Bourbon, lemonade, ginger, and mint – a perfect drink to sip on a lazy summer evening.
By Bowen Close
My husband and I are in the midst of moving. Sort of. More like selling our stuff, storing the rest, and packing up to travel for a while (which is fantastic but requires an entirely new level of logistical planning in packing). Whew. So as I sit in my kitchen amongst boxes and packing tape and bubble wrap, I keep thinking about how last summer we had all the time in the world to sit on the front porch and drink summery cocktails.
I made this one a lot, since it’s full of so many of my favorite flavors – fresh lemonade, spicy ginger, mint from the backyard. And bourbon, of course. I named it “front porch lemonade.”
Sadly, sitting on the front porch drinking front porch lemonade can’t be really high on our list of priorities right now. We also don’t really have any chairs to sit on or glasses to drink it out of at the moment, which is probably a bigger issue than time.
- 4-5 mint leaves, plus mint sprigs for garnish (if desired)
- 1½ oz. bourbon
- 3 oz. lemonade
- 1 oz. ginger syrup
- 2 cups coarsely chopped ginger (you'll chop more finely in a food processor or blender)
- 3 cups granulated sugar
- 6 cups water
- Muddle mint leaves in the bottom of a cocktail shaker (alternatively, chop leaves and strain out after shaking cocktail).
- Fill cocktail shaker halfway with ice.
- Add bourbon, lemonade, and ginger syrup to cocktail shaker. Shake. Strain into cocktail glasses with ice; garnish with mint sprig (for extra mint scent while drinking).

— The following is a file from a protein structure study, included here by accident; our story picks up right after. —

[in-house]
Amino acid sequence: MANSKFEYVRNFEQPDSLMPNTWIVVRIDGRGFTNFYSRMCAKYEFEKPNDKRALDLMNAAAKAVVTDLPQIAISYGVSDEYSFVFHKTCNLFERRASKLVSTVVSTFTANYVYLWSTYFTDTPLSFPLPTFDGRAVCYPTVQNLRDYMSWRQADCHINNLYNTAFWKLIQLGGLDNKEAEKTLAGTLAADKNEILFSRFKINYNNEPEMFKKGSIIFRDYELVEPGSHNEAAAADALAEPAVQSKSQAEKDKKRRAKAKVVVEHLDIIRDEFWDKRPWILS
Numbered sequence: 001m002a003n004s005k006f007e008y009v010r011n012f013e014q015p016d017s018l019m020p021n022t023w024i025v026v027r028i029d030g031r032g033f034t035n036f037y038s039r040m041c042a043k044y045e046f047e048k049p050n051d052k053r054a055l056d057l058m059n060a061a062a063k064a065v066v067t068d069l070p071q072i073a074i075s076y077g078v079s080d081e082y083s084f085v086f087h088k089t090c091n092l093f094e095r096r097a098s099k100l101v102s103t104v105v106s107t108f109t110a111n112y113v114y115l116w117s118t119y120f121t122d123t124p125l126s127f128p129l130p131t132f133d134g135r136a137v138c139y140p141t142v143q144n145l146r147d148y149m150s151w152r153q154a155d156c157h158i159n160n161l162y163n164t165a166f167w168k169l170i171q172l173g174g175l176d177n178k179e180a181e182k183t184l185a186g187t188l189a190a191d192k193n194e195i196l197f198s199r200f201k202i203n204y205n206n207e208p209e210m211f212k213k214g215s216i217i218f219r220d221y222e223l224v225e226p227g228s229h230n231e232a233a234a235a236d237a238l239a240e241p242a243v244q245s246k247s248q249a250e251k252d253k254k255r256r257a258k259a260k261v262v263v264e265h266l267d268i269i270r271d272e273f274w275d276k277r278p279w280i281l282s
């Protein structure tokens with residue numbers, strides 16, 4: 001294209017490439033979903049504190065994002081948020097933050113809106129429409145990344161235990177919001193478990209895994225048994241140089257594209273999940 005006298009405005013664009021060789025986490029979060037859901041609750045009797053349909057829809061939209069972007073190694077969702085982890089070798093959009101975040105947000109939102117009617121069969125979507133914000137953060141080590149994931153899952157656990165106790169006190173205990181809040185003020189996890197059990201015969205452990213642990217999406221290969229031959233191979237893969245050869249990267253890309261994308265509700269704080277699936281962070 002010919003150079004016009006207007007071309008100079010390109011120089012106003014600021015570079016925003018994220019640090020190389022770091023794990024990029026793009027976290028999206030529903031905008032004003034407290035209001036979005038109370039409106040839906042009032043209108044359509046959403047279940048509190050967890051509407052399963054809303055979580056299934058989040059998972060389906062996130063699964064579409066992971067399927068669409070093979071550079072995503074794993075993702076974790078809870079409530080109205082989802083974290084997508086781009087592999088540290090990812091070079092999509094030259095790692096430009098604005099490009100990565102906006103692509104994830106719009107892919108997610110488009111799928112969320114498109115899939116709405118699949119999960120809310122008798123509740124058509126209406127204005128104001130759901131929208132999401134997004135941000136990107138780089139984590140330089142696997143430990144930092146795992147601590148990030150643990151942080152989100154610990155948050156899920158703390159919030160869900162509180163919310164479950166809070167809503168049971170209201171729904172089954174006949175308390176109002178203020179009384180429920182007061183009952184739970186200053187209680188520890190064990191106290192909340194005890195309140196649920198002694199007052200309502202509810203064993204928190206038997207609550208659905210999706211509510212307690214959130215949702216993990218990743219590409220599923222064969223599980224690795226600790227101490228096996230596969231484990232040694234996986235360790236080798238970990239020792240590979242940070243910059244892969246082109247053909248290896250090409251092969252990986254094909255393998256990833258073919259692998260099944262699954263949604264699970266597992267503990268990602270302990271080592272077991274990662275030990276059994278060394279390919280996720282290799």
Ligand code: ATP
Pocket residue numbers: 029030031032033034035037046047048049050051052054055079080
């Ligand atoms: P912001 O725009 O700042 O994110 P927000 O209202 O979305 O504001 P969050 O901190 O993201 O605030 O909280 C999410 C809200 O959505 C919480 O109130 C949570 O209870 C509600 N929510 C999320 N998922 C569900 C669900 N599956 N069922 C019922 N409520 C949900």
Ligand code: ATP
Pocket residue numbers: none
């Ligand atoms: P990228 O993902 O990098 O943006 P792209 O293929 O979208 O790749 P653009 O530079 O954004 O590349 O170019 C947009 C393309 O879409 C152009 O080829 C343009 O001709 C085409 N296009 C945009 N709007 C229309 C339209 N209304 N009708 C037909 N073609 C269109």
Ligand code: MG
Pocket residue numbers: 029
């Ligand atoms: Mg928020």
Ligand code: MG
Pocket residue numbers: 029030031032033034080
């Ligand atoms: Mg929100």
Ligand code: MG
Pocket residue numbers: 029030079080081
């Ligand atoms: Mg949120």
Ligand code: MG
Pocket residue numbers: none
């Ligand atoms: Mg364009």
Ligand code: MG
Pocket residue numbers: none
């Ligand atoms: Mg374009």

- Optional: As desired, you can play around with quantities and with extra ingredients – like squeezes of lemon juice, ginger ale, extra simple syrup, or bitters.
- Process chopped ginger in a food processor or blender until minced.
- Place ginger, sugar, and water in a large pot. Bring to a boil, then reduce heat to an active simmer.
- Simmer the mixture for 1 to 1½ hours. After simmering for about 45 minutes, pour the mixture through a mesh sieve or colander to remove the ginger. This can be done at almost any point during the simmering process, based on your preference for spice level. I removed it the first time about 1 hour in, which made it fairly spicy. You could remove it after 30 minutes (or less) if preferred; it’s up to you!
- Continue simmering the mixture until it has reduced to about 4 cups of syrup. You can increase the heat to a boil to speed up the process, if you like. The syrup may be fairly thin, but that’s okay - it will thicken slightly as it cools. Remove from heat, and let cool before pouring into a jar or some other container. This syrup will last at least a few months in the refrigerator.